In this case the entire process may be carried out Within the reaction chamber without disturbing the substrate 14. The substrate 14 is placed in the reaction chamber 12, the chamber purged with hydrogen, the substrate 14 raised to a temperature in the range from about 600 C. to about 800 C. and a mixture of hydrogen and tungsten hexafiuoride passed through the chamber to deposit a film of tungsten on the surface of the substrate. The substrate is then heated to a temperature from about 1,000 C. to about 1,200 C. for a substantial period of time, usually several hours to partially diffuse the tungsten into the surface of the steel substrate. The substrate is then cooled to deposition temperatures greater than 400 C. and preferably between about 600 C. and about 1,000 C. and a mixture of hydrogen, tungsten hexafluoride and carbon monoxide passed through the reaction chamber until a coating of tungsten carbide of the desired thickness is deposited on the surface of the tungsten film on the surface of the steel substrate 14.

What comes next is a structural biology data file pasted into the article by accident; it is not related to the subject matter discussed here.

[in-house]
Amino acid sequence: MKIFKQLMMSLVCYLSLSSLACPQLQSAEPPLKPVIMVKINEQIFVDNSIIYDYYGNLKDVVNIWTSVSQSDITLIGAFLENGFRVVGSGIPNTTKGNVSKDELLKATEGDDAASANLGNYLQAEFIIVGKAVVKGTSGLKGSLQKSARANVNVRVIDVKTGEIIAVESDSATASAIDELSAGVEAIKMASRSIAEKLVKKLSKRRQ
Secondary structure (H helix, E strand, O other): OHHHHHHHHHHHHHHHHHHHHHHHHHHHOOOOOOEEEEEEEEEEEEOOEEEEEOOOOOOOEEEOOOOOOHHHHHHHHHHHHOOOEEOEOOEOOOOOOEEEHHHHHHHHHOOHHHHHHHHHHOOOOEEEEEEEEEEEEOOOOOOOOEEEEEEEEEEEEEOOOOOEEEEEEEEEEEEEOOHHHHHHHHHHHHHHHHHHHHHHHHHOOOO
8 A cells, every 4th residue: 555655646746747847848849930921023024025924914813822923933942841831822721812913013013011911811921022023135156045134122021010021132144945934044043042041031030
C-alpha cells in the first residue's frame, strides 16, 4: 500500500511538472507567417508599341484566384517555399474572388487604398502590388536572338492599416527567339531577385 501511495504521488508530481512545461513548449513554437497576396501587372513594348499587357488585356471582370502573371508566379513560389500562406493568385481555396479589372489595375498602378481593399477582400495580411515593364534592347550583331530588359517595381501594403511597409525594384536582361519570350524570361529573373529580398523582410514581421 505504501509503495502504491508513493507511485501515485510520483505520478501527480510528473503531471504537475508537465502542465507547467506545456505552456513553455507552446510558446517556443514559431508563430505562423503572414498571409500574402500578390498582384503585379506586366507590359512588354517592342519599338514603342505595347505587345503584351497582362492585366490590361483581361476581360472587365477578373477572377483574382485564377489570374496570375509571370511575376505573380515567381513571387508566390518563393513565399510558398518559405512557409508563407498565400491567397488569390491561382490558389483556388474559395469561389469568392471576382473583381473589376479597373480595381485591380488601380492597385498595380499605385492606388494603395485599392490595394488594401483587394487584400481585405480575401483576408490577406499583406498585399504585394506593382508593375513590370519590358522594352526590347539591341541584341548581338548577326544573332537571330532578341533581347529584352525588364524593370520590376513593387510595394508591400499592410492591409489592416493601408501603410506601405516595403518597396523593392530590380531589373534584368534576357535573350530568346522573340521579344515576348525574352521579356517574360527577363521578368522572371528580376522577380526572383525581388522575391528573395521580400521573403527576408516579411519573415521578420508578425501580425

Although the specific processes of the present inven tion have all been described with regard to a steel substrate, a tungsten metal diffusion, a tungsten metal intcrlayer and tungsten carbide final coating, it will be appreciated that in its broader aspects, the process also applies to other metal substrates, to other metal diffusion materials, to other metal films on the substrate, and other metal carbide coatings. In general, adherently bonding relatively thick tungsten carbide to the surface of a steel substrate represents the most difficult problem to be encountered due to the considerable difference between the coefficients of thermal expansions of the two materials. Tungsten carbide on steel also has the most important immediate commercial implications, and for this reason, a major portion of our efforts has been directed toward achieving a tungsten carbide-to-steel bond. The adherence of other metal carbides to other metal substrates, or the adherence of tungsten carbides to other metal substrates, or the adherence of other metal carbides to steel substrates all present less difficult tasks and accordingly considerable success may be expected in these areas by using the abovedescribed processes. The process has been successfully used to produce a molybdenum carbide coat adherently bonded to a steel substrate. The process is further particularly applicable to bonding tungsten carbide coatings to nickel-base alloys. In general, the term steel as used herein includes almost all iron-base alloys. The metal used for the intermediate metal film and diffused regions may be tungsten, molybdenum, chromium, niobium and tantalum, as well as most other refractory metals which have other physical properties compatible with the particular use intended for the resulting article and with the temperatures involved in the process.